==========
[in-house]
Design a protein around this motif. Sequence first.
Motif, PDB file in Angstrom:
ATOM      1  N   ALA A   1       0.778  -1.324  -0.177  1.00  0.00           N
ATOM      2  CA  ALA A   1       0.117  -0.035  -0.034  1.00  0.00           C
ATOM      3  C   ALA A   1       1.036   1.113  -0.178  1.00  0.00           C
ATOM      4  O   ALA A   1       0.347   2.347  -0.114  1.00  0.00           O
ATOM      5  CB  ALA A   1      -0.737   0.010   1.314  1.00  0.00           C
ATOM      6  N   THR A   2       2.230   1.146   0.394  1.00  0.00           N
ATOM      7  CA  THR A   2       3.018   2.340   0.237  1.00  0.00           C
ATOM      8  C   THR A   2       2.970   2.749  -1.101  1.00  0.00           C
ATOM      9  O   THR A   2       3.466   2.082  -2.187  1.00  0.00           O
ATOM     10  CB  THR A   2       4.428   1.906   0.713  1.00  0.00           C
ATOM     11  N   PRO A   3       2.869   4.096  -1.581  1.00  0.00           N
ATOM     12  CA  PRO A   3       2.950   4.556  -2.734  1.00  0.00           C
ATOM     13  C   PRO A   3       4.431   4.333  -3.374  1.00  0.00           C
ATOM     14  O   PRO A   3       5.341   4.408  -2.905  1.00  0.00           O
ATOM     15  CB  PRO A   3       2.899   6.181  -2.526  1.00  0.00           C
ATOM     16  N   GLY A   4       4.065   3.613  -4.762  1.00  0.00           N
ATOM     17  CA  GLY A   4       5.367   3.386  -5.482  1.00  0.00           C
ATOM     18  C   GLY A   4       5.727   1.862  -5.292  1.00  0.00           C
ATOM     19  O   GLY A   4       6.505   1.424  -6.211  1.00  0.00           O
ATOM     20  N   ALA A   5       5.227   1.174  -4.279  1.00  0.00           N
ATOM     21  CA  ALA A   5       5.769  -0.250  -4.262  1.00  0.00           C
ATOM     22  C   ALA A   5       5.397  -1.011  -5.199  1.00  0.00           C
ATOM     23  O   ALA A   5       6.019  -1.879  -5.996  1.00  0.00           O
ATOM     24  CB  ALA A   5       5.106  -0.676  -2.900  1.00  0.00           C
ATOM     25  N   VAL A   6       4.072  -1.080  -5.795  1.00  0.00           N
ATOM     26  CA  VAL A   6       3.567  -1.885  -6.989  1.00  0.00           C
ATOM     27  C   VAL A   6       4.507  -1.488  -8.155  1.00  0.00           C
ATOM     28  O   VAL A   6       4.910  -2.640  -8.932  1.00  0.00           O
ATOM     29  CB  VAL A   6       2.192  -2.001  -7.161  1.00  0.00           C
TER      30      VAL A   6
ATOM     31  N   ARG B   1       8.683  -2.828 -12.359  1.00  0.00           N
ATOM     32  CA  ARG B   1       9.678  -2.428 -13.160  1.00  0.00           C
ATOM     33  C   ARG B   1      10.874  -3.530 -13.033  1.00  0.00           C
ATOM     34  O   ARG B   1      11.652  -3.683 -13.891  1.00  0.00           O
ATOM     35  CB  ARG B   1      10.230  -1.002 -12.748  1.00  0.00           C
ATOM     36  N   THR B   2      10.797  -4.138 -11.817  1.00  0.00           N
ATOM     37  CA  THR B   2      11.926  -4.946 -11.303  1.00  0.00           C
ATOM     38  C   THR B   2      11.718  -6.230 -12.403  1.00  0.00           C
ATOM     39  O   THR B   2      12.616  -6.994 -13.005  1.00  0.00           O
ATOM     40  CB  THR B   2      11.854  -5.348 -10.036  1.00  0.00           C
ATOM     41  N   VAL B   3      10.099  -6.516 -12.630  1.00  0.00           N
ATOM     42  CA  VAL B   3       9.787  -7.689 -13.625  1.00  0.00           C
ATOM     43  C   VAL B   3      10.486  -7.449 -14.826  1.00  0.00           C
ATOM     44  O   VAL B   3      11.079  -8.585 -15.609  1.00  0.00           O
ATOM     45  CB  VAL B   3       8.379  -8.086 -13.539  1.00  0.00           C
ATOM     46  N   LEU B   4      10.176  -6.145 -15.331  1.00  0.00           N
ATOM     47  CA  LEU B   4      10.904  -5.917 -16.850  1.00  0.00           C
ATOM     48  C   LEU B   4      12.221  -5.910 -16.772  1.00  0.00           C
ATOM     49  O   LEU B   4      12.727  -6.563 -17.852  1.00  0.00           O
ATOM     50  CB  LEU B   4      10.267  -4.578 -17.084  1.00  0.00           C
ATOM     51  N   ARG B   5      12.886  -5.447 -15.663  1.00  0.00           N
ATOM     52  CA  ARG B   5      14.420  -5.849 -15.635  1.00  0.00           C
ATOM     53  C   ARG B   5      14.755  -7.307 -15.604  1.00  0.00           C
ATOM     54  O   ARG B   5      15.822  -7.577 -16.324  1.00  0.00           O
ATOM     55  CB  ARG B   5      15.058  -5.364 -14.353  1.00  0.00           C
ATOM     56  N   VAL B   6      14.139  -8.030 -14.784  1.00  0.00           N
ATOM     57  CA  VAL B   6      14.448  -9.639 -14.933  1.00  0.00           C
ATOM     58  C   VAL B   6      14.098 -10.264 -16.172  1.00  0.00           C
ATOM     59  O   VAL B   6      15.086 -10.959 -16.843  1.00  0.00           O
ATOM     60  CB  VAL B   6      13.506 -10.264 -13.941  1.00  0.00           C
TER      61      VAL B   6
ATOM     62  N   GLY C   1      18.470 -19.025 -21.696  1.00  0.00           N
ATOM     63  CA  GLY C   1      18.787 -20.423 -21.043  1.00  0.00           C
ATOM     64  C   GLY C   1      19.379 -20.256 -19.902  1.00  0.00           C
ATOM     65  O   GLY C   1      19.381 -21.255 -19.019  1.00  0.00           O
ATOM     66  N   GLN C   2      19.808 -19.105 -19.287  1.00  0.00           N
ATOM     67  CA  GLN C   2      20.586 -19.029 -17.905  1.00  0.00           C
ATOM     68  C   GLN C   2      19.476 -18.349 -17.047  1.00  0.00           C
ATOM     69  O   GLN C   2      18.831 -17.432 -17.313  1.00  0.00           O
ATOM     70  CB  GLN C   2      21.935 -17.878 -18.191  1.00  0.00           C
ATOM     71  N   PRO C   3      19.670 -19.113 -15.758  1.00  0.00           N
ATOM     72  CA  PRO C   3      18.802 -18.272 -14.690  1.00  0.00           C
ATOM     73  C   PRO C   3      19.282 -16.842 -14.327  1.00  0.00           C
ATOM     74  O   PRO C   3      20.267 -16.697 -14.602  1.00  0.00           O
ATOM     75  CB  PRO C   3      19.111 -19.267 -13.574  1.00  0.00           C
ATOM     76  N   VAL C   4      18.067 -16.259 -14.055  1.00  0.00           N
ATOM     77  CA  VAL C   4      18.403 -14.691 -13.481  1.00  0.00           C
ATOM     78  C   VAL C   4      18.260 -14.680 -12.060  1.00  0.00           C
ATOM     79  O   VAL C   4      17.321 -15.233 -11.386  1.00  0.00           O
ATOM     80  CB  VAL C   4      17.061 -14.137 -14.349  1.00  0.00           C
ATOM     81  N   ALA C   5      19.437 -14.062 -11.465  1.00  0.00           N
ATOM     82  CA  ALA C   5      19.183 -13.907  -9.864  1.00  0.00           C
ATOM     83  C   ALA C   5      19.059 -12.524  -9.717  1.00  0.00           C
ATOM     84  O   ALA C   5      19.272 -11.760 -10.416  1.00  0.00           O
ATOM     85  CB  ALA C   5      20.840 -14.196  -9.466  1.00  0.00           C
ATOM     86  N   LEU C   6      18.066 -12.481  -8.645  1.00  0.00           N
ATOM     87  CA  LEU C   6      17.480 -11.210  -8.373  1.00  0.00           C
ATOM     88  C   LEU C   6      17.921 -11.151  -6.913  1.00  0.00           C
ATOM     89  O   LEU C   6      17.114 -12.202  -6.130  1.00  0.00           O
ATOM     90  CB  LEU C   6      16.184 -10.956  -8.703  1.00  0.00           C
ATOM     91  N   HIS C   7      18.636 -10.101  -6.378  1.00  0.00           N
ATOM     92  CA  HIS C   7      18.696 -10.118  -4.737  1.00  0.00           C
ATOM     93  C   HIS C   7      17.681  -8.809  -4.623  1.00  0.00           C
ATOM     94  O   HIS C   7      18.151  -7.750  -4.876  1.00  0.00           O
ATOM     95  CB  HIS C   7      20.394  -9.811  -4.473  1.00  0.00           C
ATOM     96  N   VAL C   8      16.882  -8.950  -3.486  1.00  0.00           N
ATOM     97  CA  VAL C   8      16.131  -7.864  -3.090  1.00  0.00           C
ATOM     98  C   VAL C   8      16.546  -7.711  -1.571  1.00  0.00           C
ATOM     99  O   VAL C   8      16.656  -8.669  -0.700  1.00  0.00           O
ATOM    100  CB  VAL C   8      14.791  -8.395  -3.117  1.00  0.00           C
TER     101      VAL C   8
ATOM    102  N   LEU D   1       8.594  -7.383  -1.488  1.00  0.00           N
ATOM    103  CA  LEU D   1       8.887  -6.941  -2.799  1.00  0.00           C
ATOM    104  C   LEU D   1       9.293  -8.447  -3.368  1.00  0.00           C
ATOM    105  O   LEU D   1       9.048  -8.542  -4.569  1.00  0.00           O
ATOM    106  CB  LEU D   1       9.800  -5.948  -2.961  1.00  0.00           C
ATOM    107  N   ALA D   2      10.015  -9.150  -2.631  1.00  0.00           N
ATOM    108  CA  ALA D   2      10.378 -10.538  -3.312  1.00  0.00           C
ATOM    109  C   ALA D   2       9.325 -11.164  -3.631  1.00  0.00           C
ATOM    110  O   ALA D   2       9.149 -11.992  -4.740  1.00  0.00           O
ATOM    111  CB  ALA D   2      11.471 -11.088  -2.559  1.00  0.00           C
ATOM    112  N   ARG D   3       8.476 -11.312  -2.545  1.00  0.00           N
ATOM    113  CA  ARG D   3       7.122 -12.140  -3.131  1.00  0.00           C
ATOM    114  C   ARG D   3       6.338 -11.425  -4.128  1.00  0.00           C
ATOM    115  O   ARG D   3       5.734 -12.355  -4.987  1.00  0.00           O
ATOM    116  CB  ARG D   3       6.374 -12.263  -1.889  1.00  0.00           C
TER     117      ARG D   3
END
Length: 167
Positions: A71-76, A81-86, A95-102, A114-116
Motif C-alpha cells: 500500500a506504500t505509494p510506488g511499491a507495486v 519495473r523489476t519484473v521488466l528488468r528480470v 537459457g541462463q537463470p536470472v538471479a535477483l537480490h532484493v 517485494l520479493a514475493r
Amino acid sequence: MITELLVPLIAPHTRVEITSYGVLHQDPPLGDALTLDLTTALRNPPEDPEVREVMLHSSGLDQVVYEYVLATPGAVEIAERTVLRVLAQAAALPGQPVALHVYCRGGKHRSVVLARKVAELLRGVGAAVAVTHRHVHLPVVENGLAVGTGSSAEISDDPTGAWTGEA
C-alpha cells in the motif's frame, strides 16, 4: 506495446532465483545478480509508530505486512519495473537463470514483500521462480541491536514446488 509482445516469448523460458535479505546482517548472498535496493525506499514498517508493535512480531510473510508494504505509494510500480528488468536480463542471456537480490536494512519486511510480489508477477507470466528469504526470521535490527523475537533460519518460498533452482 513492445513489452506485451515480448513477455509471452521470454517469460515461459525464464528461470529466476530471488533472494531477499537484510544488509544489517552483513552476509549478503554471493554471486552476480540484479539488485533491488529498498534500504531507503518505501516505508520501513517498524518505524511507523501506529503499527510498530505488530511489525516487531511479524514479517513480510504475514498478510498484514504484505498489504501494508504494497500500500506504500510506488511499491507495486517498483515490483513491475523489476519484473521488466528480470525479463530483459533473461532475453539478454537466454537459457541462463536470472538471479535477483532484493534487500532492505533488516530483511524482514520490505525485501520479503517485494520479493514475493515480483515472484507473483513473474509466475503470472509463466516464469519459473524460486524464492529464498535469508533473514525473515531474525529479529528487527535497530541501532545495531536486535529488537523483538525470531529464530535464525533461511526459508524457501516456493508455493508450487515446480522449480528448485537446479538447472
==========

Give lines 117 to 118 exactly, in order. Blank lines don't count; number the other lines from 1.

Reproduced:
ATOM    114  C   ARG D   3       6.338 -11.425  -4.128  1.00  0.00           C
ATOM    115  O   ARG D   3       5.734 -12.355  -4.987  1.00  0.00           O